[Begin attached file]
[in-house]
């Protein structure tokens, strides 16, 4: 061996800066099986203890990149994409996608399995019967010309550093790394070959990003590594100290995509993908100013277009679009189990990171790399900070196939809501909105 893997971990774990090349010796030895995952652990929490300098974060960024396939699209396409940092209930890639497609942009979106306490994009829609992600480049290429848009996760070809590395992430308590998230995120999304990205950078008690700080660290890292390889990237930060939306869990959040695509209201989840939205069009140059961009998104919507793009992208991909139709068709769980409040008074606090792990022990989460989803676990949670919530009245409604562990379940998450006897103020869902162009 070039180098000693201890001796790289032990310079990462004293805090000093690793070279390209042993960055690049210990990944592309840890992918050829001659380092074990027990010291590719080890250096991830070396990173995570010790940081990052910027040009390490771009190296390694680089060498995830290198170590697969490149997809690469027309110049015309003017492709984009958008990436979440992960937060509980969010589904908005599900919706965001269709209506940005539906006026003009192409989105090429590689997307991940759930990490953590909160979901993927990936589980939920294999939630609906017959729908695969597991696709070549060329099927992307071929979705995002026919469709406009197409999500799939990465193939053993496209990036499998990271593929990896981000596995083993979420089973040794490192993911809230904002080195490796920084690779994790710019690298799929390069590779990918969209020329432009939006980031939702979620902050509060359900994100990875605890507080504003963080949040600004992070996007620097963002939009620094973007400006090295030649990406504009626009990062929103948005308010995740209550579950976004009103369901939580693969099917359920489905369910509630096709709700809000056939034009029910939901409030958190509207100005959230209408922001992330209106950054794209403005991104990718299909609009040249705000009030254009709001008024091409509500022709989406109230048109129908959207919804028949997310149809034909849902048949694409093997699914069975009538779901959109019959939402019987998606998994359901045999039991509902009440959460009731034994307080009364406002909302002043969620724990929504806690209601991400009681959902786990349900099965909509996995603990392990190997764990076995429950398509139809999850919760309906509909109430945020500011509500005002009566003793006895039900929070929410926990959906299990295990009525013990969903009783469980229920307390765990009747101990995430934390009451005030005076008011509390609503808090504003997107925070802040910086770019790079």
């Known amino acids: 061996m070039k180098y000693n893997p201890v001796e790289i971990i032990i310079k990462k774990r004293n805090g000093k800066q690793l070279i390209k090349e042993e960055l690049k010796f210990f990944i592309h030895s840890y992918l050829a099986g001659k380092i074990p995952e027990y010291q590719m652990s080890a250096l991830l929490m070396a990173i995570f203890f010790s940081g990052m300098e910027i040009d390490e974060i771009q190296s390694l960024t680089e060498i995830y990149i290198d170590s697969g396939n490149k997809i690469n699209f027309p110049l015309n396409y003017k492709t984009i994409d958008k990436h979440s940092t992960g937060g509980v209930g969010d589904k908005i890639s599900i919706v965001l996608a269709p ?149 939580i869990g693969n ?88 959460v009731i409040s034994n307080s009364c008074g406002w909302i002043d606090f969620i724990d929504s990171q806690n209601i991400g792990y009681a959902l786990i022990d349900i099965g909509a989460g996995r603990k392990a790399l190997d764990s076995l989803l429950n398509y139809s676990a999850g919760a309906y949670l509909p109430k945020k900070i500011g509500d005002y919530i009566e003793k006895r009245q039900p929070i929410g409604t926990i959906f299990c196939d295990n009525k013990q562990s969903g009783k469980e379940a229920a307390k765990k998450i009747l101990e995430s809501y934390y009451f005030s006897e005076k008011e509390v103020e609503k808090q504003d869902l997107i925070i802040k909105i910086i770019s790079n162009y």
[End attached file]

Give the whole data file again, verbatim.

[in-house]
């Protein structure tokens, strides 16, 4: 061996800066099986203890990149994409996608399995019967010309550093790394070959990003590594100290995509993908100013277009679009189990990171790399900070196939809501909105 893997971990774990090349010796030895995952652990929490300098974060960024396939699209396409940092209930890639497609942009979106306490994009829609992600480049290429848009996760070809590395992430308590998230995120999304990205950078008690700080660290890292390889990237930060939306869990959040695509209201989840939205069009140059961009998104919507793009992208991909139709068709769980409040008074606090792990022990989460989803676990949670919530009245409604562990379940998450006897103020869902162009 070039180098000693201890001796790289032990310079990462004293805090000093690793070279390209042993960055690049210990990944592309840890992918050829001659380092074990027990010291590719080890250096991830070396990173995570010790940081990052910027040009390490771009190296390694680089060498995830290198170590697969490149997809690469027309110049015309003017492709984009958008990436979440992960937060509980969010589904908005599900919706965001269709209506940005539906006026003009192409989105090429590689997307991940759930990490953590909160979901993927990936589980939920294999939630609906017959729908695969597991696709070549060329099927992307071929979705995002026919469709406009197409999500799939990465193939053993496209990036499998990271593929990896981000596995083993979420089973040794490192993911809230904002080195490796920084690779994790710019690298799929390069590779990918969209020329432009939006980031939702979620902050509060359900994100990875605890507080504003963080949040600004992070996007620097963002939009620094973007400006090295030649990406504009626009990062929103948005308010995740209550579950976004009103369901939580693969099917359920489905369910509630096709709700809000056939034009029910939901409030958190509207100005959230209408922001992330209106950054794209403005991104990718299909609009040249705000009030254009709001008024091409509500022709989406109230048109129908959207919804028949997310149809034909849902048949694409093997699914069975009538779901959109019959939402019987998606998994359901045999039991509902009440959460009731034994307080009364406002909302002043969620724990929504806690209601991400009681959902786990349900099965909509996995603990392990190997764990076995429950398509139809999850919760309906509909109430945020500011509500005002009566003793006895039900929070929410926990959906299990295990009525013990969903009783469980229920307390765990009747101990995430934390009451005030005076008011509390609503808090504003997107925070802040910086770019790079």
């Known amino acids: 061996m070039k180098y000693n893997p201890v001796e790289i971990i032990i310079k990462k774990r004293n805090g000093k800066q690793l070279i390209k090349e042993e960055l690049k010796f210990f990944i592309h030895s840890y992918l050829a099986g001659k380092i074990p995952e027990y010291q590719m652990s080890a250096l991830l929490m070396a990173i995570f203890f010790s940081g990052m300098e910027i040009d390490e974060i771009q190296s390694l960024t680089e060498i995830y990149i290198d170590s697969g396939n490149k997809i690469n699209f027309p110049l015309n396409y003017k492709t984009i994409d958008k990436h979440s940092t992960g937060g509980v209930g969010d589904k908005i890639s599900i919706v965001l996608a269709p ?149 939580i869990g693969n ?88 959460v009731i409040s034994n307080s009364c008074g406002w909302i002043d606090f969620i724990d929504s990171q806690n209601i991400g792990y009681a959902l786990i022990d349900i099965g909509a989460g996995r603990k392990a790399l190997d764990s076995l989803l429950n398509y139809s676990a999850g919760a309906y949670l509909p109430k945020k900070i500011g509500d005002y919530i009566e003793k006895r009245q039900p929070i929410g409604t926990i959906f299990c196939d295990n009525k013990q562990s969903g009783k469980e379940a229920a307390k765990k998450i009747l101990e995430s809501y934390y009451f005030s006897e005076k008011e509390v103020e609503k808090q504003d869902l997107i925070i802040k909105i910086i770019s790079n162009y």